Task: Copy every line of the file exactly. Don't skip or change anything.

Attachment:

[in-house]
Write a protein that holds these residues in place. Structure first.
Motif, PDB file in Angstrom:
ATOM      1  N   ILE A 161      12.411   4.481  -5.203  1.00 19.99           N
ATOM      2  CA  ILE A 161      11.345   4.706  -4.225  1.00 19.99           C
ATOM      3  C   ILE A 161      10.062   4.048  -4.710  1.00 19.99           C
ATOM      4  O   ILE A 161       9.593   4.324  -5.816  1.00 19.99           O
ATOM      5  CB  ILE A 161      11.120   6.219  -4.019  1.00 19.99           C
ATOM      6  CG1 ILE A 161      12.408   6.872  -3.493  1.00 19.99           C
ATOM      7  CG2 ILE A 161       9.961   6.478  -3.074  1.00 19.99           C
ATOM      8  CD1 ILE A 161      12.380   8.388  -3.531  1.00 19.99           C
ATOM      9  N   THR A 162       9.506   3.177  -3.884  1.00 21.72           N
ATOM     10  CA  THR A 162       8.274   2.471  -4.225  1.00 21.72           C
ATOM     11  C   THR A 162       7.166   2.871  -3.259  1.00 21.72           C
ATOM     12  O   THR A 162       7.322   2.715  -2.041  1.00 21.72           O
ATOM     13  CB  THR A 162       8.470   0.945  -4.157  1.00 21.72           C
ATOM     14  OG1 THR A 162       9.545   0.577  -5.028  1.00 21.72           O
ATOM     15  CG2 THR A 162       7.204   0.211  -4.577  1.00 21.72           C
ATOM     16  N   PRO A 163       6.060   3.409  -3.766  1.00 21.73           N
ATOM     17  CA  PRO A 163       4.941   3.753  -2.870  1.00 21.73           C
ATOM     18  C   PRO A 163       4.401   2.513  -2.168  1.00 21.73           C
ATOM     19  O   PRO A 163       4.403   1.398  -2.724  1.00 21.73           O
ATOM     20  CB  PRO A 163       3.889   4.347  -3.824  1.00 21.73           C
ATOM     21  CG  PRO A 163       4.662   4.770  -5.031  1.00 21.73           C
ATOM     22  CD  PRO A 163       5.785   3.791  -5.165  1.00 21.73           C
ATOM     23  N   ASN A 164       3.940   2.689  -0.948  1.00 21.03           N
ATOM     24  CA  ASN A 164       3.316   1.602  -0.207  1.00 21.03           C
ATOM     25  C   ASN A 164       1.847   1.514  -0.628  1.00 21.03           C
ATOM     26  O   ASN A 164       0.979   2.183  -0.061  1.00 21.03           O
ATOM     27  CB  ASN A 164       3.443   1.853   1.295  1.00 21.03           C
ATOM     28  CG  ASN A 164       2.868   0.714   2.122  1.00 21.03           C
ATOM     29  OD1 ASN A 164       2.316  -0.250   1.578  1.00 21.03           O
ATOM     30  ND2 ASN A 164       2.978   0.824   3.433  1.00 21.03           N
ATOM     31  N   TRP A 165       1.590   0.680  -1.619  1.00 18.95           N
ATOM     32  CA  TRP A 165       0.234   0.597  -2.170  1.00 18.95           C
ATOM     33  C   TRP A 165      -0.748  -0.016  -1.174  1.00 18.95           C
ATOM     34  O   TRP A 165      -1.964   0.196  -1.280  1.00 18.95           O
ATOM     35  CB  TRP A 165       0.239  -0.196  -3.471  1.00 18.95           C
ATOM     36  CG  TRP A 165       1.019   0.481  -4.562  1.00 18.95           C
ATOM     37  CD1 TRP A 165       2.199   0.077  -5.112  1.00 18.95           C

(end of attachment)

[in-house]
Write a protein that holds these residues in place. Structure first.
Motif, PDB file in Angstrom:
ATOM      1  N   ILE A 161      12.411   4.481  -5.203  1.00 19.99           N
ATOM      2  CA  ILE A 161      11.345   4.706  -4.225  1.00 19.99           C
ATOM      3  C   ILE A 161      10.062   4.048  -4.710  1.00 19.99           C
ATOM      4  O   ILE A 161       9.593   4.324  -5.816  1.00 19.99           O
ATOM      5  CB  ILE A 161      11.120   6.219  -4.019  1.00 19.99           C
ATOM      6  CG1 ILE A 161      12.408   6.872  -3.493  1.00 19.99           C
ATOM      7  CG2 ILE A 161       9.961   6.478  -3.074  1.00 19.99           C
ATOM      8  CD1 ILE A 161      12.380   8.388  -3.531  1.00 19.99           C
ATOM      9  N   THR A 162       9.506   3.177  -3.884  1.00 21.72           N
ATOM     10  CA  THR A 162       8.274   2.471  -4.225  1.00 21.72           C
ATOM     11  C   THR A 162       7.166   2.871  -3.259  1.00 21.72           C
ATOM     12  O   THR A 162       7.322   2.715  -2.041  1.00 21.72           O
ATOM     13  CB  THR A 162       8.470   0.945  -4.157  1.00 21.72           C
ATOM     14  OG1 THR A 162       9.545   0.577  -5.028  1.00 21.72           O
ATOM     15  CG2 THR A 162       7.204   0.211  -4.577  1.00 21.72           C
ATOM     16  N   PRO A 163       6.060   3.409  -3.766  1.00 21.73           N
ATOM     17  CA  PRO A 163       4.941   3.753  -2.870  1.00 21.73           C
ATOM     18  C   PRO A 163       4.401   2.513  -2.168  1.00 21.73           C
ATOM     19  O   PRO A 163       4.403   1.398  -2.724  1.00 21.73           O
ATOM     20  CB  PRO A 163       3.889   4.347  -3.824  1.00 21.73           C
ATOM     21  CG  PRO A 163       4.662   4.770  -5.031  1.00 21.73           C
ATOM     22  CD  PRO A 163       5.785   3.791  -5.165  1.00 21.73           C
ATOM     23  N   ASN A 164       3.940   2.689  -0.948  1.00 21.03           N
ATOM     24  CA  ASN A 164       3.316   1.602  -0.207  1.00 21.03           C
ATOM     25  C   ASN A 164       1.847   1.514  -0.628  1.00 21.03           C
ATOM     26  O   ASN A 164       0.979   2.183  -0.061  1.00 21.03           O
ATOM     27  CB  ASN A 164       3.443   1.853   1.295  1.00 21.03           C
ATOM     28  CG  ASN A 164       2.868   0.714   2.122  1.00 21.03           C
ATOM     29  OD1 ASN A 164       2.316  -0.250   1.578  1.00 21.03           O
ATOM     30  ND2 ASN A 164       2.978   0.824   3.433  1.00 21.03           N
ATOM     31  N   TRP A 165       1.590   0.680  -1.619  1.00 18.95           N
ATOM     32  CA  TRP A 165       0.234   0.597  -2.170  1.00 18.95           C
ATOM     33  C   TRP A 165      -0.748  -0.016  -1.174  1.00 18.95           C
ATOM     34  O   TRP A 165      -1.964   0.196  -1.280  1.00 18.95           O
ATOM     35  CB  TRP A 165       0.239  -0.196  -3.471  1.00 18.95           C
ATOM     36  CG  TRP A 165       1.019   0.481  -4.562  1.00 18.95           C
ATOM     37  CD1 TRP A 165       2.199   0.077  -5.112  1.00 18.95           C